8. 2004 Wilmington Blue Rocks
Record: 77-62 (.554)
Playoff result: Carolina League runner-up to Kinston

Team OPS (league rank): 0.698 (5 of 8)
Runs scored (league rank): 618 (4 of 8)
Team ERA (league rank): 3.40 (1 of 8)
Runs allowed/game (league rank): 4.03 (2 of 8)

Why they're here:
The 2004 Blue Rocks came within one win of the Carolina League title. After taking a 2-0 lead against Kinston in the final series, the Blue Rocks just needed to win one of the final three games to clinch the Mills Cup. Unfortunately, Kinston rallied for three straight wins, denying the Blue Rocks their first crown since 1999. Pitching was once again the Blue Rocks' strength, as the club led the league in ERA behind starting pitchers Trae McGill, Devon Lowery, and Dusty Hughes. The bullpen was particularly good, with Ryan Braun emerging as a dominating closer behind set-up men Barry Armitage and Nate Hoelscher. The offense wasn't great, but Donnie Murphy, Mike Aviles, Shane Costa, and Mitch Maier were all interesting prospects, and Aviles and Costa in particular had very good seasons in their High-A debuts.

7. 2001 Wilmington Blue Rocks
Record: 78-62 (.557)
Playoff result: Carolina League runner-up to Salem

Team OPS (league rank): 0.675 (3 of 8)
Runs scored (league rank): 610 (2 of 8)
Team ERA (league rank): 3.27 (4 of 8)
Runs allowed/game (league rank): 3.84 (4 of 8)

Why they're here:
Aside from having the fifth-best winning percentage of any Royals' full season affiliate in our study, the 2001 Blue Rocks were also just one win away from the Carolina League title, losing the decisive Game 5 to the Salem Avalanche. In what was a down year offensively even for the pitching-friendly Carolina League, the Blue Rocks fielded one of the league's best offenses, in addition to a very good pitching staff. In other words, this was a well-balanced team, and it handled the midseason departures of future Royals Ken Harvey, Alexis Gomez, and Angel Berroa without missing a beat (the Blue Rocks had identical first and second half records). On the mound, a 19-year old Jimmy Gobble anchored a young rotation that was one of the league's best, which included Ian Ferguson, Mike Natale, Matt Burch, and Junior Guerrero. In the bullpen, future big leaguers Jason Gilfillan and Ryan Bukvich dominated Carolina League hitters while closing out games for the ‘Rocks.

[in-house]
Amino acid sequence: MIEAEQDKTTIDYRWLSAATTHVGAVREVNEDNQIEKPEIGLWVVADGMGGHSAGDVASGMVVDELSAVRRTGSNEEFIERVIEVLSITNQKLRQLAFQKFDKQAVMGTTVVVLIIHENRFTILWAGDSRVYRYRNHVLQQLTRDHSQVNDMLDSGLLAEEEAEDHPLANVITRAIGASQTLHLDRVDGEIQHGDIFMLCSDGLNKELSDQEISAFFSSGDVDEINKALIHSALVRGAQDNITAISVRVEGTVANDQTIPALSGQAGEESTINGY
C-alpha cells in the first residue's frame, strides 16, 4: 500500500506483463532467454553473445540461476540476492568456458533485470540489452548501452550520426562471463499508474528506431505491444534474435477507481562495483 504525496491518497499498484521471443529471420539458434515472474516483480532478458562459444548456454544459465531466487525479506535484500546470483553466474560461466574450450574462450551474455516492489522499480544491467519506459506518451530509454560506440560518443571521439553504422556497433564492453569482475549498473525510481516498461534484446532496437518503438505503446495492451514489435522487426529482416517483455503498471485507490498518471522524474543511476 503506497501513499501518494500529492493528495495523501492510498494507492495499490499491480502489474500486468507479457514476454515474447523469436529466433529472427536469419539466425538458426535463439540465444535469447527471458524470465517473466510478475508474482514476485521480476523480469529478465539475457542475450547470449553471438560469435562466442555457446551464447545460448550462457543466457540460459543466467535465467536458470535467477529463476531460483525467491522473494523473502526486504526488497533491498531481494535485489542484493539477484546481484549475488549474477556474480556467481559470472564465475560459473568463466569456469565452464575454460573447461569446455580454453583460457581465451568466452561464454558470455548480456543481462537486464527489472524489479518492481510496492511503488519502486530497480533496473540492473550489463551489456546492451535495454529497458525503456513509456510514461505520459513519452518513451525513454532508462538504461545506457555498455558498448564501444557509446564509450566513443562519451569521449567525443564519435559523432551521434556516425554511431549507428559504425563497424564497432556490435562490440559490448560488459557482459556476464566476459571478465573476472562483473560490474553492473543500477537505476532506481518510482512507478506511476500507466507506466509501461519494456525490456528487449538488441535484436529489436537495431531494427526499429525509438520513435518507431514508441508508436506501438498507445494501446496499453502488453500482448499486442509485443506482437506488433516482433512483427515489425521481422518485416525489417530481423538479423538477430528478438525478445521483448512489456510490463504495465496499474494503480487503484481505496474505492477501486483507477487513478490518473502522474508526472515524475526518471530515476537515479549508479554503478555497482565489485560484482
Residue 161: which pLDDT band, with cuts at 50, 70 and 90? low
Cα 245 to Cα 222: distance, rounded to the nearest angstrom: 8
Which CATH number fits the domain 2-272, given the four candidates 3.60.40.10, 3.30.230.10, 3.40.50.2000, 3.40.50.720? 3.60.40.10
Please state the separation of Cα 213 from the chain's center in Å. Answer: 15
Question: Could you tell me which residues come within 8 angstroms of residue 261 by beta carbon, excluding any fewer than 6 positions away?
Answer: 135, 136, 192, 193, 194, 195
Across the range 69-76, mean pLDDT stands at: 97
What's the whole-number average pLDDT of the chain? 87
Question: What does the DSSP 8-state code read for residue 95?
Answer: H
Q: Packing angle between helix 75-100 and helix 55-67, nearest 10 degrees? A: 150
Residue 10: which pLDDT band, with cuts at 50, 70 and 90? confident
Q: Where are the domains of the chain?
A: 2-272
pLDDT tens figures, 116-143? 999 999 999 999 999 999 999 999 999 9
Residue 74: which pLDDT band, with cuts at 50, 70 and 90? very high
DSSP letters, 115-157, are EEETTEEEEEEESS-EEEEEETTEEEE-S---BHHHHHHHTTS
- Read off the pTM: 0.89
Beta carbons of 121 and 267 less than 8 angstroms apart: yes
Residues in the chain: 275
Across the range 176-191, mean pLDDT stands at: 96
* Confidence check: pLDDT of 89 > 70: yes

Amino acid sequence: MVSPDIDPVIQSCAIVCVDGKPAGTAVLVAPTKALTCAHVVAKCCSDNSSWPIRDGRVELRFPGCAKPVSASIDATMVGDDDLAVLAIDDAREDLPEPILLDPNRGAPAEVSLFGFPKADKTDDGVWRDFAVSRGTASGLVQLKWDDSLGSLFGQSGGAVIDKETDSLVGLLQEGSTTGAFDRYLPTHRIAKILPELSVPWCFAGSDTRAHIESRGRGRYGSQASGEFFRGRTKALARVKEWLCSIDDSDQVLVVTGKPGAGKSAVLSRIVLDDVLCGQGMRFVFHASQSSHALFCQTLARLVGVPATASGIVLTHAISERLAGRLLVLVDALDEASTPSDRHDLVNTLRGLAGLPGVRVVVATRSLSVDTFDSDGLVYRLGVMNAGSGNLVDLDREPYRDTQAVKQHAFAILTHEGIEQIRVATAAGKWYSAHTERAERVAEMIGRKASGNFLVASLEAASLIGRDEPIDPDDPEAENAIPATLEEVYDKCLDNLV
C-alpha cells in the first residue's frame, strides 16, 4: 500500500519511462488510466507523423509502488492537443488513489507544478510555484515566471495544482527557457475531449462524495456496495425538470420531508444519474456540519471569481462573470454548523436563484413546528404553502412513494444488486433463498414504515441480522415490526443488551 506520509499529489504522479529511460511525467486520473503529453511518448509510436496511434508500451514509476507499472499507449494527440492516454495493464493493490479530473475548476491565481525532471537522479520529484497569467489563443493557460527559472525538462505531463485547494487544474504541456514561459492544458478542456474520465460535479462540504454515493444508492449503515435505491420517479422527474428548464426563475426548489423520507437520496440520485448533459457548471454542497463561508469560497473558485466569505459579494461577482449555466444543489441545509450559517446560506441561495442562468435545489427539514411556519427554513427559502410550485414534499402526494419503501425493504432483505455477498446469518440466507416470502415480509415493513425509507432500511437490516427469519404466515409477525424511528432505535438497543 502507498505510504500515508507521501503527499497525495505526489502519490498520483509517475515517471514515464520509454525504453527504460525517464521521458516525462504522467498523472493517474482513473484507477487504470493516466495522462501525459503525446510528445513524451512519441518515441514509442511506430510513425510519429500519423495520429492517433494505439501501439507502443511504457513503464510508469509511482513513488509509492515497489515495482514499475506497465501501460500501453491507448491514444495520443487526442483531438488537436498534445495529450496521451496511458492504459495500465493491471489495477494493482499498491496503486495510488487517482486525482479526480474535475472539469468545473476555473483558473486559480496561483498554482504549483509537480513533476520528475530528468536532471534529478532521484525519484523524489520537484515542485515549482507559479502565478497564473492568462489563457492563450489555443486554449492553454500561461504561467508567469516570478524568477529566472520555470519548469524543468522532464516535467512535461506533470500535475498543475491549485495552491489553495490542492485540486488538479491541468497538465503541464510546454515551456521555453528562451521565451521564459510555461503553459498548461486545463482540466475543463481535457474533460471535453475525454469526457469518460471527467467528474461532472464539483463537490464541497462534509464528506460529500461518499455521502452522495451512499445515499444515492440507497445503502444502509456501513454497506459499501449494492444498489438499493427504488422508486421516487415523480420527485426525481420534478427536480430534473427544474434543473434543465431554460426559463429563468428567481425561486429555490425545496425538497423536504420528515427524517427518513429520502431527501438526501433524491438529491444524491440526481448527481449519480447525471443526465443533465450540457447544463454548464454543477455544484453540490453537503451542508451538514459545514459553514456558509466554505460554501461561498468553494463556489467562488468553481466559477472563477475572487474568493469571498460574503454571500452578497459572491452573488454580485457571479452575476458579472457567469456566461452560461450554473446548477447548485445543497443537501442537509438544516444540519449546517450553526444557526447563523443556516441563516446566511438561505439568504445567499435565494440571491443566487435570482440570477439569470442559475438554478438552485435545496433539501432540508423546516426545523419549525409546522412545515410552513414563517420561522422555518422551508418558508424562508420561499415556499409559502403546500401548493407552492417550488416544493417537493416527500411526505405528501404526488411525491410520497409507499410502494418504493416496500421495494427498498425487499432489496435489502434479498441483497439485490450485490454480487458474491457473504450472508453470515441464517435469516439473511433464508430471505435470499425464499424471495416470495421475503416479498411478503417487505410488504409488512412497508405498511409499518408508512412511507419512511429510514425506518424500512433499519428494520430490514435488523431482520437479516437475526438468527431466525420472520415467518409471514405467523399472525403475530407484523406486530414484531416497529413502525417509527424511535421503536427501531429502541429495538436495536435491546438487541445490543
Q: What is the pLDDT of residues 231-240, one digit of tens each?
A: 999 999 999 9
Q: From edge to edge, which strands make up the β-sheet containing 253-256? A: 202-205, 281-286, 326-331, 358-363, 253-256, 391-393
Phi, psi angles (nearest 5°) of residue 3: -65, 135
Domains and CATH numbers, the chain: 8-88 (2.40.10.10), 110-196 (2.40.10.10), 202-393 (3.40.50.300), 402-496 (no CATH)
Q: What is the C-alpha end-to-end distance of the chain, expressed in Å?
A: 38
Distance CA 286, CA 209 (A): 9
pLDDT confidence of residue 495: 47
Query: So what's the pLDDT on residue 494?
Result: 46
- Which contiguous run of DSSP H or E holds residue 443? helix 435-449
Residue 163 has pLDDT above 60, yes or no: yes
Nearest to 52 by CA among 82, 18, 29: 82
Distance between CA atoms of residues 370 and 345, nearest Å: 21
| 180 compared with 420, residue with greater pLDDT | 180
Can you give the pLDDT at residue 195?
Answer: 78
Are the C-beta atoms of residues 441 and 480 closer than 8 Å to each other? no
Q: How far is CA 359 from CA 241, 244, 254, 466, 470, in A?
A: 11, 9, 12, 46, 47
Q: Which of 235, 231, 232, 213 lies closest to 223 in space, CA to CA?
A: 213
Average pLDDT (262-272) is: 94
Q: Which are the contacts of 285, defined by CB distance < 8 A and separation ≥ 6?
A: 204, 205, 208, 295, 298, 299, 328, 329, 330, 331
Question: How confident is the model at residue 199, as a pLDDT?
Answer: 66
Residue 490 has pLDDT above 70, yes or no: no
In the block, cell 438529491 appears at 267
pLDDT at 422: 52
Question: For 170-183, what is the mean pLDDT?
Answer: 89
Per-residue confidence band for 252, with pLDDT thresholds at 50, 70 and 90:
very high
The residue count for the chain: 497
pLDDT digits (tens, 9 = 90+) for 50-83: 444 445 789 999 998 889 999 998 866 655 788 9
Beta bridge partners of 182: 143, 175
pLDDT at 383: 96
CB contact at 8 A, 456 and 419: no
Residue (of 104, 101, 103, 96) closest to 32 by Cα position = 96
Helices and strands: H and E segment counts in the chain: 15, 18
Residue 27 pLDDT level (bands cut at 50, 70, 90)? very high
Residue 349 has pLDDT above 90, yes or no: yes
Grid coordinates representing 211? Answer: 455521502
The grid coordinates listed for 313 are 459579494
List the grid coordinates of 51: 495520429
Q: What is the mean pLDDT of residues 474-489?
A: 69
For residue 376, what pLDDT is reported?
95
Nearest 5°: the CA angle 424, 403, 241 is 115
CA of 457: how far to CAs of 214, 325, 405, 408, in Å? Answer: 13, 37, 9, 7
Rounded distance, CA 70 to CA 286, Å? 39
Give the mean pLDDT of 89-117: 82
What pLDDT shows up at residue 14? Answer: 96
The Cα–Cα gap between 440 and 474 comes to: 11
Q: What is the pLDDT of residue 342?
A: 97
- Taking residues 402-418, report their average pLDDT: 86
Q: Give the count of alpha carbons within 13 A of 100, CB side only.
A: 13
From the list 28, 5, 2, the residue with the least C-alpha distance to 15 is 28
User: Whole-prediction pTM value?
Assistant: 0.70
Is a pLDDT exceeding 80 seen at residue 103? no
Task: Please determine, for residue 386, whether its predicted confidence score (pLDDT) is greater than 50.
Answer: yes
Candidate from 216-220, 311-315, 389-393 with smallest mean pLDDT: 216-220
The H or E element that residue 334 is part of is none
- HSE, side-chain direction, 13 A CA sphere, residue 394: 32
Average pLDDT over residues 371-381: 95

6. 2003 Wilmington Blue Rocks
Record: 80-60 (.571)
Playoff result: Swept by Lynchburg in the first round

Team OPS (league rank): 0.682 (5 of 8)
Runs scored (league rank): 589 (3 of 8)
Team ERA (league rank): 2.92 (1 of 8)
Runs allowed/game (league rank): 3.41 (1 of 8)

Why they're here:
Hands down, the 2003 Blue Rocks had the most effective pitching staff of any Royals affiliate in the last decade. Thanks largely to 19-year old Zack Greinke (11-1, 1.14 ERA), the 2003 Blue Rocks had the lowest ERA and allowed fewer runs per game than any club in our study. In addition to Greinke, future big leaguers Zach McClellan, Brian Bass, and Eduardo Villacis, along with Kyle Middleton (who hasn't yet made the Majors) were simply outstanding, each registering ERAs under 3.00 in more than 90 innings pitched. The offense ranked third in runs scored, which was respectable, as future trade victims Chris Fallon, Trey Dyson, and Ruben Gotay all had quality seasons. The Blue Rocks were unceremoniously swept out of the first round of the playoffs, but their pitching staff alone places them here.